When Steve graduated from Baldwin Wallace, he had difficulty finding work as a teacher, so he took a job as a case worker at the Cuyahoga County Welfare Department. This proved to be a fateful and fortuitous decision. His empathy for those living in poverty, confidence in their ability to improve their condition, commitment to structural change, and capacity to mentor and convene others were all called upon in his work. With the support of the Welfare Department, Steve earned a master’s degree in social work at Case Western Reserve University. Upon his return to the Department, he rose to become its first African American and youngest-ever director. Throughout the 1960s, Steve was sent as the County’s or state’s representative to increasingly important national policymaking bodies. For instance, he was part of the commission that created Head Start, the federal early childhood program. As a result of serving in these national roles, Steve’s abilities became known far beyond Northeast Ohio. Thus, in 1970, he was recruited by the Governor of Massachusetts to become that Commonwealth’s Commissioner of Public Welfare. He walked into an operation with dozens of local bureaus, 5000 employees and a billion dollar budget, and set about reorganizing the state’s social services infrastructure, building the adoption and foster care system, and implementing the food stamp program. He was well-known throughout the state, frequently holding televised town halls with welfare recipients whom he always said taught him a great deal about the art of negotiation.
In late 1974, Steve turned down the opportunity to be re-appointed the Commissioner of Public Welfare of Massachusetts. Steve and Dolly were eager to return to Cleveland, and resettled in Shaker Heights. After considering a few other positions, Steve decided on the Cleveland Foundation, the oldest community foundation in the United States, recognizing that its philanthropic mission offered a new way to participate in the city’s renewal. He joined the Foundation as a program officer and then became its associate director. In 1984, he took over as the Foundation’s executive director and president, the first African American to lead a community foundation. By the time of his retirement in 2003, the foundation’s endowment grew by $1 billion and grants increased by 450 percent.
At the Foundation, Steve focused on what he called the “enduring issues” of public education, housing, health care, and jobs. Under his leadership, the Foundation made sustained multi-million dollar commitments to initiatives in the area of public school improvement, neighborhood revitalization and lakefront development. Steve quietly but firmly insisted on minority access to and participation in the city’s institutional life. Among his proudest accomplishments at the Foundation were the redevelopment of Playhouse Square, the largest performing arts center in the United States outside of New York City, and the development of Lexington Village in the riot-scarred Hough neighborhood of Cleveland. He also led the Foundation to become the first grant maker in the Midwest to undertake AIDS public health initiatives.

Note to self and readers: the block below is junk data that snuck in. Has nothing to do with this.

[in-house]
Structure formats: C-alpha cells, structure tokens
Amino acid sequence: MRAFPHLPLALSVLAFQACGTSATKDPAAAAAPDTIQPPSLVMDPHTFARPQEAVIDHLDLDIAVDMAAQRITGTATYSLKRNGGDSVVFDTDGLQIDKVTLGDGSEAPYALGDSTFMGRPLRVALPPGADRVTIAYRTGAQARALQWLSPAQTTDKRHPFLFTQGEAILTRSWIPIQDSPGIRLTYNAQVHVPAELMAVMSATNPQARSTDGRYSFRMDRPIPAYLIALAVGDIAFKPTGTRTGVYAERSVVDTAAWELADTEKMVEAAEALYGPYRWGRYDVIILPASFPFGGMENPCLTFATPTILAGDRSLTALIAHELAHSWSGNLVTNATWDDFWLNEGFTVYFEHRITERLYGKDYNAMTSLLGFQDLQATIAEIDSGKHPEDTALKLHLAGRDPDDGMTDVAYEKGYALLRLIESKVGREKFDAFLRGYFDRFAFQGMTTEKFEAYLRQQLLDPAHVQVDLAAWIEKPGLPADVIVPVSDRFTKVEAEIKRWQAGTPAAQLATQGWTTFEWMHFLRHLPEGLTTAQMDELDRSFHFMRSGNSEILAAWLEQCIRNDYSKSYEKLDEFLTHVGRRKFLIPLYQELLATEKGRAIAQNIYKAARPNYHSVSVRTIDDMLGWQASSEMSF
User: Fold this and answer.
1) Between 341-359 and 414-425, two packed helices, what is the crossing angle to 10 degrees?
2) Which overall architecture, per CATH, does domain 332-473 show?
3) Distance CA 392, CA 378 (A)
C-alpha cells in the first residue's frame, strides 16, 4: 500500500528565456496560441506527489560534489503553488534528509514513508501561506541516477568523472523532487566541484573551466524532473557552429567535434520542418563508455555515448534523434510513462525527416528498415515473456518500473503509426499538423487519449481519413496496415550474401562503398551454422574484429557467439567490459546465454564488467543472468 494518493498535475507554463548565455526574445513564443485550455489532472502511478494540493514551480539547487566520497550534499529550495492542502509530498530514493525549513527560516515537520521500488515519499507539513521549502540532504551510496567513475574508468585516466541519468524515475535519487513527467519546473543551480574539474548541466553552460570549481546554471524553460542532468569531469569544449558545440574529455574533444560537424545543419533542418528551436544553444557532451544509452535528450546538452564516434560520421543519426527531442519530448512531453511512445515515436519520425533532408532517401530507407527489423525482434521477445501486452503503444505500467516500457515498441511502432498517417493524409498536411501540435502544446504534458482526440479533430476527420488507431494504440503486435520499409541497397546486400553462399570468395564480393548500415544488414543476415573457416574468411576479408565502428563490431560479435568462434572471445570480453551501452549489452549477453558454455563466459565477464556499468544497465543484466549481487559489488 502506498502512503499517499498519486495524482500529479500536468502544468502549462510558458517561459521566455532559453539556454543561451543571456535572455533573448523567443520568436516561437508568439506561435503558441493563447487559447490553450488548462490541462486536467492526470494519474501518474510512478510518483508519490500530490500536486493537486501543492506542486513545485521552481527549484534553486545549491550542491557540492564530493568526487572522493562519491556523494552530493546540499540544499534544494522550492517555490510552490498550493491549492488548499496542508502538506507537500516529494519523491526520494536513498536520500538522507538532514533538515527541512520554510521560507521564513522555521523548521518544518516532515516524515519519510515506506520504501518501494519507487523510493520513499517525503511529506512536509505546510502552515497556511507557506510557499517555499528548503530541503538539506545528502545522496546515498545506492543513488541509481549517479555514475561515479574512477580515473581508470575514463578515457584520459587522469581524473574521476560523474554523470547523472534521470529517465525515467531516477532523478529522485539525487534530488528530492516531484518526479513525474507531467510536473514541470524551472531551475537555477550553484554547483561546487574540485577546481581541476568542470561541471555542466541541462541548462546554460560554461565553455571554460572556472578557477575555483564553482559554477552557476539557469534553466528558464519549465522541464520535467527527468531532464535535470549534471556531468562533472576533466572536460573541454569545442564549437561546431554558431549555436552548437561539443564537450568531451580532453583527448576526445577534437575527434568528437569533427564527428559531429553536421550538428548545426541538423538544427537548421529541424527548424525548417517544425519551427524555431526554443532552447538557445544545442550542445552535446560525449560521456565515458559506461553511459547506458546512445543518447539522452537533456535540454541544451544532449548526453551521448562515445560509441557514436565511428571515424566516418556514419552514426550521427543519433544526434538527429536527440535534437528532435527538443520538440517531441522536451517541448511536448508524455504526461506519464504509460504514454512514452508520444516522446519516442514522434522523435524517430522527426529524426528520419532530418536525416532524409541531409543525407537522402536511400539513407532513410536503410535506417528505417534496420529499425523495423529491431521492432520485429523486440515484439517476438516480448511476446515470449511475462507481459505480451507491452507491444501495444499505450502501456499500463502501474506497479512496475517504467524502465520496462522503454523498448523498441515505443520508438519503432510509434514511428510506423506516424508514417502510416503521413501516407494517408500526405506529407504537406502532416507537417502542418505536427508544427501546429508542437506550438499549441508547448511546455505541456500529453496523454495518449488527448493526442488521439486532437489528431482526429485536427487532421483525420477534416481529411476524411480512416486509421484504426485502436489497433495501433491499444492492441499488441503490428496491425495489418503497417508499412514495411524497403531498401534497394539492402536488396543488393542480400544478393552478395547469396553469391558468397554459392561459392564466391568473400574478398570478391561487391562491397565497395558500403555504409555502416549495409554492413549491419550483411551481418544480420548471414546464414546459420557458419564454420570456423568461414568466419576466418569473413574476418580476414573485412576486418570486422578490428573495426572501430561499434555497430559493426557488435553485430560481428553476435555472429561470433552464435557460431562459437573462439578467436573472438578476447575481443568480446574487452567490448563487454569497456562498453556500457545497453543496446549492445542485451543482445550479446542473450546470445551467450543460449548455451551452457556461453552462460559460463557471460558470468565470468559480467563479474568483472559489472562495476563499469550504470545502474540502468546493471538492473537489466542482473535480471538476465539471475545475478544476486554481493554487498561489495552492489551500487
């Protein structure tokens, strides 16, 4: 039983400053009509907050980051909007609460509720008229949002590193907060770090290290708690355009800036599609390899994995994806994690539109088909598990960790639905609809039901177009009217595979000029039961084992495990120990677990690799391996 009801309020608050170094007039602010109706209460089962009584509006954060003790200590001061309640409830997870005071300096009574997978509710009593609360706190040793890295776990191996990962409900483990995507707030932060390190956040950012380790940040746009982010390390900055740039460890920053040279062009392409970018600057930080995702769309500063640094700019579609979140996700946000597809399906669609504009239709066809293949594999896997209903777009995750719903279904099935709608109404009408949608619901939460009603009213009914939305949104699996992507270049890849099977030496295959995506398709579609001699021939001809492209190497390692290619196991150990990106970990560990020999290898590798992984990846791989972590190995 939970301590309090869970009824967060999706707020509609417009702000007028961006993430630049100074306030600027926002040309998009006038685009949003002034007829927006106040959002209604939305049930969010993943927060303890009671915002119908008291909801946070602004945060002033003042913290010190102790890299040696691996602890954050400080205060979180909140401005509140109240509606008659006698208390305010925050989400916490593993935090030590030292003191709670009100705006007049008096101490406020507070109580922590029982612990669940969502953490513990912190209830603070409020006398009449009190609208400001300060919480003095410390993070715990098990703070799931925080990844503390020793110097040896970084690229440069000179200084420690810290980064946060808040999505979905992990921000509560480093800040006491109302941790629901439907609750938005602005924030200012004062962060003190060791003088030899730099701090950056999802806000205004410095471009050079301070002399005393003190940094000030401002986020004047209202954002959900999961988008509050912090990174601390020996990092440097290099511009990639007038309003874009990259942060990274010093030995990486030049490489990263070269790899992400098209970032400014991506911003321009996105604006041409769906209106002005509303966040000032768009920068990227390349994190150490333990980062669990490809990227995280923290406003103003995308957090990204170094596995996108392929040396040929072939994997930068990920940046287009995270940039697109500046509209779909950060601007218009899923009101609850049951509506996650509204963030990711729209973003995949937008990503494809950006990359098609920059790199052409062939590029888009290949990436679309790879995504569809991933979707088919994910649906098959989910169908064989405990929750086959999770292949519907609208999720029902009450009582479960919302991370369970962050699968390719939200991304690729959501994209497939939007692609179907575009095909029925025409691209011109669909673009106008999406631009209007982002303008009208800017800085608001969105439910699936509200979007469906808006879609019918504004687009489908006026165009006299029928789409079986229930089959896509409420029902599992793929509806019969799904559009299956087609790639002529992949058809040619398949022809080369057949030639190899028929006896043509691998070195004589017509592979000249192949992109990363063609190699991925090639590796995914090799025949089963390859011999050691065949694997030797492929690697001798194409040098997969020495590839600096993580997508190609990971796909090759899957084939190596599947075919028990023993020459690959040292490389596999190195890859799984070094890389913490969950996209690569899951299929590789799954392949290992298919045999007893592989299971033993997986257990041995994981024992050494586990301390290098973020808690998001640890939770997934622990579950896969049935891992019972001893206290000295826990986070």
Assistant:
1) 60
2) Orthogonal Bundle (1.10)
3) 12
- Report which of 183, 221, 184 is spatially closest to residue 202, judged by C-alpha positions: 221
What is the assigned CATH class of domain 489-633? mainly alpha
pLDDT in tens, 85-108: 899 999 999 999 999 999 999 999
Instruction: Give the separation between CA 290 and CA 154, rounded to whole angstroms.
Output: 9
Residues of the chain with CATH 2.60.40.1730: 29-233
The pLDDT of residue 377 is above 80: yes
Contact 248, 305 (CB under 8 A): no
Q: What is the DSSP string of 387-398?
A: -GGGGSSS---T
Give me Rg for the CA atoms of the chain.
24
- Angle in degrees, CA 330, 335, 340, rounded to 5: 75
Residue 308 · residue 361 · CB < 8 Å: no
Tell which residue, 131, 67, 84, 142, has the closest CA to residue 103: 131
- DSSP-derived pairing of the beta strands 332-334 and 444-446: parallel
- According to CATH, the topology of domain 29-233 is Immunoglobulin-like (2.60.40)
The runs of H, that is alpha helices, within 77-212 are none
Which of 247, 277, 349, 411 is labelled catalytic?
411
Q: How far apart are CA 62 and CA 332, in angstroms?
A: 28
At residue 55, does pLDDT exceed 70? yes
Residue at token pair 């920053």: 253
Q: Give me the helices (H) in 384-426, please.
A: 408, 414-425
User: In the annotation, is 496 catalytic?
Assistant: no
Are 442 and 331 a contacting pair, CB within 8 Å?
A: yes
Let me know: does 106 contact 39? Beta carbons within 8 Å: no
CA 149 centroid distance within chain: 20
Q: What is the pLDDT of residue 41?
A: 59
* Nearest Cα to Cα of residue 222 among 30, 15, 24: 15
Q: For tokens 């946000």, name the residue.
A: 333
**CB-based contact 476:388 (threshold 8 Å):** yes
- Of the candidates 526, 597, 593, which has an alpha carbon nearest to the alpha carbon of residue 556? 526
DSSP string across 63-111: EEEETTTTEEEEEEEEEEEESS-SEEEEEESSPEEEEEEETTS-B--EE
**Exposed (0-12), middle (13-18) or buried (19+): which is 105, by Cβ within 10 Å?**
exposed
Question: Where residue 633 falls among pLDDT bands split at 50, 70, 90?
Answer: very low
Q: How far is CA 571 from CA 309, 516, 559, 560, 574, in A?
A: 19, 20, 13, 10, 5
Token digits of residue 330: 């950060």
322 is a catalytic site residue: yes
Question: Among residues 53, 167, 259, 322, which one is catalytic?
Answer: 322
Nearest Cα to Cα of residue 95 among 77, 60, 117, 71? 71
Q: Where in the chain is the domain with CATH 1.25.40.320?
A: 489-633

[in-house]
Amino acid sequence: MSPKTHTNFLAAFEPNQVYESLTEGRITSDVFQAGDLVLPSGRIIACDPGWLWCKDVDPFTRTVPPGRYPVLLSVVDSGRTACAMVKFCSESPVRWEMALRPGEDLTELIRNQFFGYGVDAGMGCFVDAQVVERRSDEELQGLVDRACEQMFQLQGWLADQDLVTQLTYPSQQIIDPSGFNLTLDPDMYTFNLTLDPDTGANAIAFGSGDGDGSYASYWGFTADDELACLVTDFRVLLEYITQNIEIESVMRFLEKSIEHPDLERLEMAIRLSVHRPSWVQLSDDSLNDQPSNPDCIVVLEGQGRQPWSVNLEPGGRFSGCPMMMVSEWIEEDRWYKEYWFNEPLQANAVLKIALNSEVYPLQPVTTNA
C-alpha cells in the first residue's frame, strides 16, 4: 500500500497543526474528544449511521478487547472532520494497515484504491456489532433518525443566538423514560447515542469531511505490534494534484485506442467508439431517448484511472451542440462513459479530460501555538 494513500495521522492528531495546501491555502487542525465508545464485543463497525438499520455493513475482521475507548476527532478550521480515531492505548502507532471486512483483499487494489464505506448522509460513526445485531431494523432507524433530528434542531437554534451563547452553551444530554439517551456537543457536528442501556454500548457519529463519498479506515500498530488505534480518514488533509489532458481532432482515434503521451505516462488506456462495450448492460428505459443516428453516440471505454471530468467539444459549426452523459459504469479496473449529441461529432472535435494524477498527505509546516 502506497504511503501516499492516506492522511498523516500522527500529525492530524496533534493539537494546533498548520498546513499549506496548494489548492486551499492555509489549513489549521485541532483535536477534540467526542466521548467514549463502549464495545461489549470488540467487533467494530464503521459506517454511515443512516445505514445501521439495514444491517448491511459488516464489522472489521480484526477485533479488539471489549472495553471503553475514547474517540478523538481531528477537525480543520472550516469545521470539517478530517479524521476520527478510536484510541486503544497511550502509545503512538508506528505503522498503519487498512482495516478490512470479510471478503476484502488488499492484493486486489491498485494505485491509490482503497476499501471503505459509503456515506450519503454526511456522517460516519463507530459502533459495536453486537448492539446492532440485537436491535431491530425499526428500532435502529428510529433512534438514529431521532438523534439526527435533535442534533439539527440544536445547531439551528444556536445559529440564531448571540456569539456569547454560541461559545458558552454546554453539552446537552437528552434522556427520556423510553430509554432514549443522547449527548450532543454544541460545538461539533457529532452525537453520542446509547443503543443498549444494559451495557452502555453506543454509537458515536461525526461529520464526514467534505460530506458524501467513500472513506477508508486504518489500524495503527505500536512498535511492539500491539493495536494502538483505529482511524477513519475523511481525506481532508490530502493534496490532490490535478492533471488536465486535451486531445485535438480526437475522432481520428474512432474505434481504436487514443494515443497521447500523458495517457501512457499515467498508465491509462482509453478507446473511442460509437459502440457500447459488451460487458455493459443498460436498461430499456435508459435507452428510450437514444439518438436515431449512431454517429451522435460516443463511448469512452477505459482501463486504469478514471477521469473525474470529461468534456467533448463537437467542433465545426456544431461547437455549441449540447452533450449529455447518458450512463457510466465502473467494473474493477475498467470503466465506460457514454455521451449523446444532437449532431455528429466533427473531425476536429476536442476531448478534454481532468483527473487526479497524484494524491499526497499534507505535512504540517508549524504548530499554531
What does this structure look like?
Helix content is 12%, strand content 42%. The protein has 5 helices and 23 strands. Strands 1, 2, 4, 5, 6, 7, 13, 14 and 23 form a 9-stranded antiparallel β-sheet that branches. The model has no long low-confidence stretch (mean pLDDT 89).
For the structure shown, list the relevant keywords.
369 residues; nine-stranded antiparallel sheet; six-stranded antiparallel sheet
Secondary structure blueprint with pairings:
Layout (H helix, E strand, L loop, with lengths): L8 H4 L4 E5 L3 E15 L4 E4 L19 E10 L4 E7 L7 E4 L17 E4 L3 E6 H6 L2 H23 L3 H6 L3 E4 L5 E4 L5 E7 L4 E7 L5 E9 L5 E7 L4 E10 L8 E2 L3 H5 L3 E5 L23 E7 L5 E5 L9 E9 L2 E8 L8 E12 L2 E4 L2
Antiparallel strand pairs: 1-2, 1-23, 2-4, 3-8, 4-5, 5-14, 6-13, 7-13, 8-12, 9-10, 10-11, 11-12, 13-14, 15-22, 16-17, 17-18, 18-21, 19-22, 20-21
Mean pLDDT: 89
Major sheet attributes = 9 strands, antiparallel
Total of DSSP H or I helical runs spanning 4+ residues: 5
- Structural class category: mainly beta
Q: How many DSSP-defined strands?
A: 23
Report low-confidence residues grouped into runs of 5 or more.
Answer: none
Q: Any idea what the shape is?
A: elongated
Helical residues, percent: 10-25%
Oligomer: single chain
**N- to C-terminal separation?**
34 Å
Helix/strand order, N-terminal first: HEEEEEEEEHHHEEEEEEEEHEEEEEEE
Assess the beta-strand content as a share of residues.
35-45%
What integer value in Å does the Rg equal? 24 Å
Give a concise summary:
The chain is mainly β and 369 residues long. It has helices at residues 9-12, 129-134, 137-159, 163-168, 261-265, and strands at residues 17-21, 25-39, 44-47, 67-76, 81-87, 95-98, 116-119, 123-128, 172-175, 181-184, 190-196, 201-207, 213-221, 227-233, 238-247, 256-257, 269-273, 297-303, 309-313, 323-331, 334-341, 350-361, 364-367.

In 1979, President Jimmy Carter decided to create the first U.S. Department of Education. This represented a vast increase in the federal’s government’s commitment to education, which had formerly been a fairly quiet division of the Department of Health, Education, and Welfare. In need of an experienced administrator, Carter and others recruited Steve to become the founding undersecretary, the chief operating officer at that time. Taking a leave of absence from the Cleveland Foundation to serve as undersecretary, Steve successfully recruited top talent to join the Department and supported many of its efforts that remain renowned today, such as Title I, which funds low income schools. At the end of the Carter administration, Steve returned to the Cleveland Foundation and the city he loved.